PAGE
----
Boots soon after passes away from his injuries, while his wife and friends look on. Gil leaves the hospital room and heads to his truck where *surprise* he has a gun. He's going to take care of the guy Boots beat up. Jackson follows Gil out and tells him he CAN'T do it that way. They have to expose their abusers. Gil's demeanor changes from bravado to desperation and fear. He tells Jackson that he'd rather die than let anyone know what happened to them. Jackson thinks his friend is being over dramatic until Gil puts the gun to his head. "I swear to God, Jackie." It's in this moment that Jackson realizes that while he could pretend his past didn't matter - his friends couldn't fight it. He tells Gil that they're brothers and that he will be there for him. Pleading with him to drop the gun.

It was quite possibly the most emotional scene in the entire episode. It was real - and surprisingly MRJ wasn't overboard in the emotion like he is for most of the episode. Gil is explosive, Gil is a raw nerve, so the over the top anger makes sense... but in the vulnerable moment Raymond-James quieted his character down and let him grieve in an incredibly real way. When the two men embrace and Gil breaks down I heard sniffles behind me and I turned to see my dad even feeling it. It was that powerful (okay so Dad cries at stuff all the time, but still).

Episode 2 airs Thursday night after The Blacklist. Thursdays are Game of Silence's scheduled air days. The show is 10 episodes long, and while they do plan on wrapping up the main storyline by the end of it - they promise matieral for more seasons. That's if it gets renewed. It's getting a lot of good vibes so I have high hopes. The cast has said that the rest of the episodes build and are even more charged than the Pilot. Honestly I don't know how much more charged I can take. I was having a hard time remembering to breathe. I didn't tweet as much as I normally do during an episode of TV I'm watching. I planned to, but I couldn't take my eyes away, so I was left tweeting mainly during commercial breaks.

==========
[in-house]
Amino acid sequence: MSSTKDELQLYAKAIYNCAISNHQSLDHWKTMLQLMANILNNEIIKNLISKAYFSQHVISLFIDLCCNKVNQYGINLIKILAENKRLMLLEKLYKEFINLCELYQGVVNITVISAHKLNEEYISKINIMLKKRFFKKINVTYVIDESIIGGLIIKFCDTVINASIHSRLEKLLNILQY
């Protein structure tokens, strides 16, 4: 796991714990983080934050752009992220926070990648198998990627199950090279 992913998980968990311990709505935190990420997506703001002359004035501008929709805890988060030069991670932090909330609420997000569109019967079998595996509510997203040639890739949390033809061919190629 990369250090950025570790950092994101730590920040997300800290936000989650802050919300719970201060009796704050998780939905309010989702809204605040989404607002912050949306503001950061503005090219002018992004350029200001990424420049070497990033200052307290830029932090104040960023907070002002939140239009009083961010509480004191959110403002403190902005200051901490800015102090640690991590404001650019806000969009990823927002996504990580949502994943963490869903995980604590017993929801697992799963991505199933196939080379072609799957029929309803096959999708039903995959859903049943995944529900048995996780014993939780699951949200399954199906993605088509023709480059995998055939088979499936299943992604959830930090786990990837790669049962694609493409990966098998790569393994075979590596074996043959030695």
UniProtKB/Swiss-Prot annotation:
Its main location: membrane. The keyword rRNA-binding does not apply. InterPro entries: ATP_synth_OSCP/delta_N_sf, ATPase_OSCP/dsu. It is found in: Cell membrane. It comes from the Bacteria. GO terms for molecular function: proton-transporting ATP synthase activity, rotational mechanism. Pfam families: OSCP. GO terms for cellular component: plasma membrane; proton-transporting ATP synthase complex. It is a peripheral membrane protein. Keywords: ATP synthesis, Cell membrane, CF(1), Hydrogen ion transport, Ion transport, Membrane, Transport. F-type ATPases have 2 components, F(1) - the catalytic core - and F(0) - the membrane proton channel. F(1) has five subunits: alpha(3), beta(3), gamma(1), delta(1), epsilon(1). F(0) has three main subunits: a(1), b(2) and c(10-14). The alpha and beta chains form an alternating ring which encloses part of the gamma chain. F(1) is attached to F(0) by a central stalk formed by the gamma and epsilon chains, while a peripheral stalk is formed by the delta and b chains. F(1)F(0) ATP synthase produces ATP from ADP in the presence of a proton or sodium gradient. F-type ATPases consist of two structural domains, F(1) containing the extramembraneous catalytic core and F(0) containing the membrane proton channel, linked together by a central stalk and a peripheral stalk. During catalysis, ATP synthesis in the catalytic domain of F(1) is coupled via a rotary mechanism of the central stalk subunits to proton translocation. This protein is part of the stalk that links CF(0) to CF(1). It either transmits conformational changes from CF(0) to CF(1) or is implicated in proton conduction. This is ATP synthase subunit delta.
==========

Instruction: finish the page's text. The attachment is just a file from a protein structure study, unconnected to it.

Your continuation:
My dad said that if the rest of the show was like the pilot then he wanted to see them get a bunch of nominations (and wins) come award season. And WITHOUT MY PROMPTING he said MRJ was the one that stood out the most. (He isn't alone in that, several reviews by critics have also favored Michael.) If I had one big complaint - but minor in the grand scheme of things - is that no one sounds like they are from Texas - which is where the entire story takes place (it was filmed in Atlanta though). It's not a deal breaker but I find it odd that they all sound like they're from northern cities (oh, wait...). David Lyons is an Aussie, and he masks his accent pretty well, but it's fun to hear it catch every now and again.

I'm looking forward to the second episode, though I was HAUNTED after the pilot. I had a hard time sleeping last night (so what am I doing? rewatching the dumb thing before bed). It will definitely stick with you (as Gil says "this thing will *haunt* you, Jackie"). Overall this show is MUCH DARKER than what we're used to on a network television show. A lot of people were taken aback watching it the other night, but many more were loving the risks the show seems willing to take. If they keep up the emotion and momentum they could really have something here.

Check it out, it's free on iTunes (Pilot), or you can stream it on Hulu or the NBC app.